As to mixing configuration files and temp files together is plain stupid, and in production environments is a absolutely a worst practice. I've separated these many times for customers (documented and explained) and they all agree it's the correct action and some even made a corporate policy if it already didn't exist as such.

    For reference I've been using the internet since 1987, rarely run a virus scan unless required by customers before connecting my laptop for a job, never have antivirus running full time (it's just a plain waste of resource), and never, yes never had a single infection, and I've clicked many interesting links and downloaded hundreds of programs in that time.

    Finally
    1. The notes on how to move the cache were from Oracle, your "dont touch it" scaremongering is both wrong and does not help anyone.
    2. Computers dont infect computers, stupidity does.
     
  4. lopati

    lopati Thread Starter

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    I should add in good corporate policy temp files are moved to a separate *secure* location (so they can not be browsed by ordinary users), and log files to another separate secure location - but defintely must be separated from configuration directories. My earlier example was on my own laptop (only user).
     
  5. dvk01

    dvk01 Derek Moderator Malware Specialist

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    In W7 anything is allowed access to temp files and it is very common for a remote trojan on a website for example to drop files in temp & potentially be able to run them
    anything in locallow can only be accessed by a program installed on the computer with the correct digital signature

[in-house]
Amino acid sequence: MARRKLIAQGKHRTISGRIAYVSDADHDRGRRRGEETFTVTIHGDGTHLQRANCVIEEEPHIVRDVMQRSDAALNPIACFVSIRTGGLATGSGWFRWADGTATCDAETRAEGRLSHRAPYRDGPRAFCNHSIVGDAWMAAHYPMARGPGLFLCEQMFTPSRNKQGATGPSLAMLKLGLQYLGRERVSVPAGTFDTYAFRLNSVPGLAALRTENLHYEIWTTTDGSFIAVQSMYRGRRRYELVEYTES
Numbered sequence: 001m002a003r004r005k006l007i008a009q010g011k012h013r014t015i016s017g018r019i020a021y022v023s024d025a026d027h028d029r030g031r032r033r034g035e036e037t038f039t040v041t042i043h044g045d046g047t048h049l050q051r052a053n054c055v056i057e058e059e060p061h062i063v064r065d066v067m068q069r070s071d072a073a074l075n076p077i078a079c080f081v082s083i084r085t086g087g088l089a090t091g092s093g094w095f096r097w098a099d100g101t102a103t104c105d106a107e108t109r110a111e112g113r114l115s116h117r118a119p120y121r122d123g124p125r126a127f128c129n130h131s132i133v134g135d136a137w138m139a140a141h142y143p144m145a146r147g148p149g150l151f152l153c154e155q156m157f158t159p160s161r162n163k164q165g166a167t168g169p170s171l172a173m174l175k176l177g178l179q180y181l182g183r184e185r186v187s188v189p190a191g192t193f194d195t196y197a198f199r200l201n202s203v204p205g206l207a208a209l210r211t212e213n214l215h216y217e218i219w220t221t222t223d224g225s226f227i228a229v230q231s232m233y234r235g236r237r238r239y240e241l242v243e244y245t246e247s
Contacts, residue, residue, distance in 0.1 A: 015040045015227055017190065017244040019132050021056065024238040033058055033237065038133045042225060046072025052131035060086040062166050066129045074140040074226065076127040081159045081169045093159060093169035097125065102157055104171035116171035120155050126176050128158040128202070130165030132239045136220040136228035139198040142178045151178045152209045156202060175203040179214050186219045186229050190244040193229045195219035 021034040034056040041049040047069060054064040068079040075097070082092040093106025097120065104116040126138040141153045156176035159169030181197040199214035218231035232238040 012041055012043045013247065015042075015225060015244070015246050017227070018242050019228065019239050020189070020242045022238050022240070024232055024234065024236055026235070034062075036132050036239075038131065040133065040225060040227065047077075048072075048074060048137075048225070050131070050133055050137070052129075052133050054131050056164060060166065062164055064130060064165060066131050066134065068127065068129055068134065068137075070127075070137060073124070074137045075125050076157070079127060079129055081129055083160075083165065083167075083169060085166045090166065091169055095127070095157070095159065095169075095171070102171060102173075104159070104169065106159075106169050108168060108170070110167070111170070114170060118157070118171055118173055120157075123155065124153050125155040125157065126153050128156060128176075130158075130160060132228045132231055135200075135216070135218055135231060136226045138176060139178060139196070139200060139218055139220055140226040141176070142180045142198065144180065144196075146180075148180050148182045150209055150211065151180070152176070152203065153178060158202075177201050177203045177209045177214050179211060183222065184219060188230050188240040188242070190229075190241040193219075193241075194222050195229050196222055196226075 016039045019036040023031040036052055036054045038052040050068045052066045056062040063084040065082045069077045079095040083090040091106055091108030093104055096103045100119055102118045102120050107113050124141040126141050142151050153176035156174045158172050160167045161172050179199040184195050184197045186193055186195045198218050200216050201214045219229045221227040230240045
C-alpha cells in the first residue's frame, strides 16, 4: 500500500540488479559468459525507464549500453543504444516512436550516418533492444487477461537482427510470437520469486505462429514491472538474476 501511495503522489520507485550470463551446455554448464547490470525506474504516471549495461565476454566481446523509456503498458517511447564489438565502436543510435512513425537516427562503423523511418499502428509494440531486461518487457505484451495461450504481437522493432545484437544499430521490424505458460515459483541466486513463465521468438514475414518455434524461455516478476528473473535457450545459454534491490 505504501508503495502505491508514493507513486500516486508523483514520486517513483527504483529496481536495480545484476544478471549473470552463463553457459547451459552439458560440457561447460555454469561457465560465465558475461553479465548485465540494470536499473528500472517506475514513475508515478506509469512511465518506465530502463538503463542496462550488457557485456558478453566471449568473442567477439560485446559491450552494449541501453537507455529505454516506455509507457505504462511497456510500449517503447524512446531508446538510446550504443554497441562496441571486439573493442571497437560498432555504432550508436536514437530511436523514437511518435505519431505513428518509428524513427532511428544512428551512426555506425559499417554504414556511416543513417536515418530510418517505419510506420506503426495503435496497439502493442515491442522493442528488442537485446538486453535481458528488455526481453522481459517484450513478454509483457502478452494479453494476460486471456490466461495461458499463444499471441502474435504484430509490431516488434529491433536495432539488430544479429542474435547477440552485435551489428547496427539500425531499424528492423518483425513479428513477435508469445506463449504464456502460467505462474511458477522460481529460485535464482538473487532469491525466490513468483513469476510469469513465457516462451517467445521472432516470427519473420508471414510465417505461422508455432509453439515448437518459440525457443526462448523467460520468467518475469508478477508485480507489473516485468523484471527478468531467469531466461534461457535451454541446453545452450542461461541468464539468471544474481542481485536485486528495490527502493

Moving java cache overrides that protection. That is why java trojans & exploits have so little impact on W7 computers compared to earlier versions ( even when out of date java is installed)

    You cannot directly click an applet in java cache in local low either accidenatally or deliberately to run it . You can in C:\temp


    You can do whatevere you want on your own computer but it is irresponsible to publicize methods that open avenues of attack
     
  6. lopati

    lopati Thread Starter

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    > You cannot directly click an applet in java cache in local low either accidenatally or deliberately to run it . You can in C:\temp

    Bzzzt, just did exactly what you said was not possible: clicked on items in local low (after checking they were safe of course), and they ran!

    As I said, doesn't matter where the stuff is, if people are dumb enough to click on random items it can cause problems.

    To be fair you attempted to provide a reason why I'm wong, here's one of mine that shows I'm right: A very old common attack was to fill temp volumes. This can mean updates to config files and other important state tracking files (from within the application, i.e. runstates, restart points) may not be saved, leaving applications in an unstable state. Yes it is mainly used an exploit to disable a computer rather then gain access, but in any case production environment computers should not be allowed to fail because the administrator was too lazy to take simple precautions.

    Thanks for your advice but I'll stick to my good, no sorry make that industry best practice.